Dozens of people, including 53 medical professionals, have been charged for their alleged participation in the illegal prescription and distribution of opioids and other narcotics, the Justice Department and the Department of Health and Human Services officials said Wednesday. Federal law enforcement and health officials held a press conference in Cincinnati where they announced charges derived from the Appalachian Regional Opioid Strike Force takedown operation, which began only four months ago.
"The opioid epidemic is the deadliest drug crisis in American history, and Appalachia has suffered the consequences of more than perhaps any other region," Attorney General William P. Barr said in a statement. "But the Department of Justice is doing its part to help end this crisis. One of the Department's most promising new initiatives is the Criminal Division's Appalachian Regional Opioid Strike Force (ARPO), which began its work in December."
The The fees paid by the ARPO Strike Force include over 350,000 prescriptions and over 32 million pills distributed by health care officials across several states, including Ohio, Tennessee, Alabama, West Virginia, Kentucky, Pennsylvania and Florida. Thirty-one doctors, seven pharmacists and eight nurse practitioners were charged on Wednesday.
- According to the indictment, one pharmacy in Dayton, Ohio prescribes over 1
- The indictment states one doctor in the Western District of Tennessee, who called himself the "Rock Doc," would exchange opioids and benzodiazepines with patients in return for sexual favors. Over a three-year period, this doctor prescribed approximately 500,000 hydrocodone pills, 300,000 oxycodone pills, 1,500 fentanyl patches, and more than 600,000 benzodiazepine pills.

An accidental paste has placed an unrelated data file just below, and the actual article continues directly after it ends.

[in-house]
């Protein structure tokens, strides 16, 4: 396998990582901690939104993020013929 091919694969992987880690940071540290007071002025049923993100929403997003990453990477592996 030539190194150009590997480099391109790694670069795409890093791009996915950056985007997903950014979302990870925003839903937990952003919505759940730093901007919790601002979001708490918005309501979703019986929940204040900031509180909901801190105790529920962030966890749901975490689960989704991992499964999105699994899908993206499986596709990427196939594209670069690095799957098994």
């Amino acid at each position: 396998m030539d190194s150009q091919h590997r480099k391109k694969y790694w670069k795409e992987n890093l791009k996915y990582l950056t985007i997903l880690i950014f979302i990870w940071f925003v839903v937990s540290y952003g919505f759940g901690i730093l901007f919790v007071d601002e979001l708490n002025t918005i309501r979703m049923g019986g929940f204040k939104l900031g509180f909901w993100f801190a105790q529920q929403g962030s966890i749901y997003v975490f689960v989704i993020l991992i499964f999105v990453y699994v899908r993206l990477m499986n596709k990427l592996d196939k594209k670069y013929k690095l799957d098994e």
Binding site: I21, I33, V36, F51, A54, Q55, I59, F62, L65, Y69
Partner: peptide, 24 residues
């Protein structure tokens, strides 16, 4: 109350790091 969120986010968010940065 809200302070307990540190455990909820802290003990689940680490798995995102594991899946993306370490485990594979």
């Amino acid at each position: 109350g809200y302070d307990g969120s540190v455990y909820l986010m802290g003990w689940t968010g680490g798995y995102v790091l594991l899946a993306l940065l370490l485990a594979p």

- One doctor charged in Tennessee allegedly prescribed approximately 4.2 million opioid pills.
- A 30-year-old patient in Alabama was allegedly overdosed after being prescribed more than 800 oxycodone pills over two months before her death, whereupon the doctor who prescribed them allegedly directed the patient's husband to dispose of all pill bottles before police arrived at the scene.
The indictment lists other alleged abuses by medical professionals that include filling fraudulent prescriptions, prescribing opioids to known addicts, and providing Facebook friends with opioid prescriptions based on messenger requests.
"Opioid misuse and abuse is an insidious epidemic, created largely by the over-prescribing of potent opioids nationwide, and, unfortunately, Appalachia is at the center," said John Martin, Drug Enforcement Agency Assistant Administrator, on Wednesday. "Today's announcement sends a clear message that investigations involving diversion of prescription drugs have been and continue to be a priority for DEA."
According to the Center for Disease Control, approximately 115 Americans die each day from opioid-related overdoses . The National Institute for Drug Abuse estimates that over 70,000 Americans died of drug abuse in 2017, including 47,000 from any opioid and 28,400 from fentanyl and its analogues.